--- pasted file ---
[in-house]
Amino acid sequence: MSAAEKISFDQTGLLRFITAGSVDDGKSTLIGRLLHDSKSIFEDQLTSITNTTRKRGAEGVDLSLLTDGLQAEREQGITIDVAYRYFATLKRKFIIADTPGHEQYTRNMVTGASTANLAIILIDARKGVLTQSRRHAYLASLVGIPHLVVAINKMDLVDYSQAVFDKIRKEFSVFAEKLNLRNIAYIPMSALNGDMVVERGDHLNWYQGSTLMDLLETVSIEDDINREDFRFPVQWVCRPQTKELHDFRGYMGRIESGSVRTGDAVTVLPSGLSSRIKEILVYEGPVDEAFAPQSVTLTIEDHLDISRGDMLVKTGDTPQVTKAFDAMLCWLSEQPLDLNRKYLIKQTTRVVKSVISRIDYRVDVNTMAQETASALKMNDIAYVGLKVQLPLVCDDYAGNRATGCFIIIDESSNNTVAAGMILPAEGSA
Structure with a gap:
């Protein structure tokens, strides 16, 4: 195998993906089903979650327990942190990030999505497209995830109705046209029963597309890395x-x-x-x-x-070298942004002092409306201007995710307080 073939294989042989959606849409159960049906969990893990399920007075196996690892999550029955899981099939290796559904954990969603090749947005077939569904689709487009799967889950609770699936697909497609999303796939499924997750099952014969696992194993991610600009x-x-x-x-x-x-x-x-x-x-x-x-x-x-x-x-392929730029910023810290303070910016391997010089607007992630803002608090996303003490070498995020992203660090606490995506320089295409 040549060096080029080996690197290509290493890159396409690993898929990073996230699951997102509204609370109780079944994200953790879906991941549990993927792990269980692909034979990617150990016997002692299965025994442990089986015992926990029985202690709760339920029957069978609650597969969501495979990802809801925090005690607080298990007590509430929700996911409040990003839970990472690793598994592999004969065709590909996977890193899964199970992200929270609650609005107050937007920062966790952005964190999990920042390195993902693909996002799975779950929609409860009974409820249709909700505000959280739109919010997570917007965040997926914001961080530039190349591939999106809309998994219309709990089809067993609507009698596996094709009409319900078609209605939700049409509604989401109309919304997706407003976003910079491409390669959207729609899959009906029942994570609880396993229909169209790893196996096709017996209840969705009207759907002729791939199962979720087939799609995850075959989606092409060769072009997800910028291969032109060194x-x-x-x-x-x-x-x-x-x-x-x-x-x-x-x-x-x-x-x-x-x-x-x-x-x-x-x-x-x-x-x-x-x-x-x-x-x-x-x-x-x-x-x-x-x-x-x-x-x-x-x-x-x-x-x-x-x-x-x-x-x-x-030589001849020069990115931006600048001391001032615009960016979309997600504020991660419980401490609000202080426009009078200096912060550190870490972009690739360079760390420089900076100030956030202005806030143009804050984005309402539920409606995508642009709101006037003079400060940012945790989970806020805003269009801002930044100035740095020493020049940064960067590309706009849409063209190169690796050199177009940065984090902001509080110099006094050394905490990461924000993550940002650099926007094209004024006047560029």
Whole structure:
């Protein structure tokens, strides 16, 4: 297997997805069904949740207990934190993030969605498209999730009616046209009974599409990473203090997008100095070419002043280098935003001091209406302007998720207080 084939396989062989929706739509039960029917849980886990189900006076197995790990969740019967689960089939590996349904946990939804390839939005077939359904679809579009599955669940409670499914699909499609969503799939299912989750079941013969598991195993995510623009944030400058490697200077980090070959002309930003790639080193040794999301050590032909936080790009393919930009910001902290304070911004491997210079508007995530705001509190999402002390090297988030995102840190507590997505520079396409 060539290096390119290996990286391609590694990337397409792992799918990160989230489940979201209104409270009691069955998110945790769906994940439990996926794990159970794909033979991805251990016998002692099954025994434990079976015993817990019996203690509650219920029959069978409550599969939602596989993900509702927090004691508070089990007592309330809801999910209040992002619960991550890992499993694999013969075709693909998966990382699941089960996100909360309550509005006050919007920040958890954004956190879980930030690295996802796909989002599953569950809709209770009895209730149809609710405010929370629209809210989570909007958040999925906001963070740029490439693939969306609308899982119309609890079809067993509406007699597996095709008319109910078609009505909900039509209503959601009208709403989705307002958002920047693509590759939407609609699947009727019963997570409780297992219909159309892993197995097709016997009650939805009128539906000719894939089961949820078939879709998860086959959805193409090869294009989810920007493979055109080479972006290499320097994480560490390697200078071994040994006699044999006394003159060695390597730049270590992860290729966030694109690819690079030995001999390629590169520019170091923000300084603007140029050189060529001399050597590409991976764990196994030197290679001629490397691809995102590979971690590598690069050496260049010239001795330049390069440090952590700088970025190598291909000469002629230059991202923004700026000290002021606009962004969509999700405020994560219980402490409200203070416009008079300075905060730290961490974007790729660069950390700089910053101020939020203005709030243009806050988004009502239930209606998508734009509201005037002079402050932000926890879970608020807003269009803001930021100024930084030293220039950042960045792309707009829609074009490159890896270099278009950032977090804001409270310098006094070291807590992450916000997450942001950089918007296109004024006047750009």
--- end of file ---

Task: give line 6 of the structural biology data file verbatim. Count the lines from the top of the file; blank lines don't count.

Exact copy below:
């Protein structure tokens, strides 16, 4: 297997997805069904949740207990934190993030969605498209999730009616046209009974599409990473203090997008100095070419002043280098935003001091209406302007998720207080 084939396989062989929706739509039960029917849980886990189900006076197995790990969740019967689960089939590996349904946990939804390839939005077939359904679809579009599955669940409670499914699909499609969503799939299912989750079941013969598991195993995510623009944030400058490697200077980090070959002309930003790639080193040794999301050590032909936080790009393919930009910001902290304070911004491997210079508007995530705001509190999402002390090297988030995102840190507590997505520079396409 060539290096390119290996990286391609590694990337397409792992799918990160989230489940979201209104409270009691069955998110945790769906994940439990996926794990159970794909033979991805251990016998002692099954025994434990079976015993817990019996203690509650219920029959069978409550599969939602596989993900509702927090004691508070089990007592309330809801999910209040992002619960991550890992499993694999013969075709693909998966990382699941089960996100909360309550509005006050919007920040958890954004956190879980930030690295996802796909989002599953569950809709209770009895209730149809609710405010929370629209809210989570909007958040999925906001963070740029490439693939969306609308899982119309609890079809067993509406007699597996095709008319109910078609009505909900039509209503959601009208709403989705307002958002920047693509590759939407609609699947009727019963997570409780297992219909159309892993197995097709016997009650939805009128539906000719894939089961949820078939879709998860086959959805193409090869294009989810920007493979055109080479972006290499320097994480560490390697200078071994040994006699044999006394003159060695390597730049270590992860290729966030694109690819690079030995001999390629590169520019170091923000300084603007140029050189060529001399050597590409991976764990196994030197290679001629490397691809995102590979971690590598690069050496260049010239001795330049390069440090952590700088970025190598291909000469002629230059991202923004700026000290002021606009962004969509999700405020994560219980402490409200203070416009008079300075905060730290961490974007790729660069950390700089910053101020939020203005709030243009806050988004009502239930209606998508734009509201005037002079402050932000926890879970608020807003269009803001930021100024930084030293220039950042960045792309707009829609074009490159890896270099278009950032977090804001409270310098006094070291807590992450916000997450942001950089918007296109004024006047750009």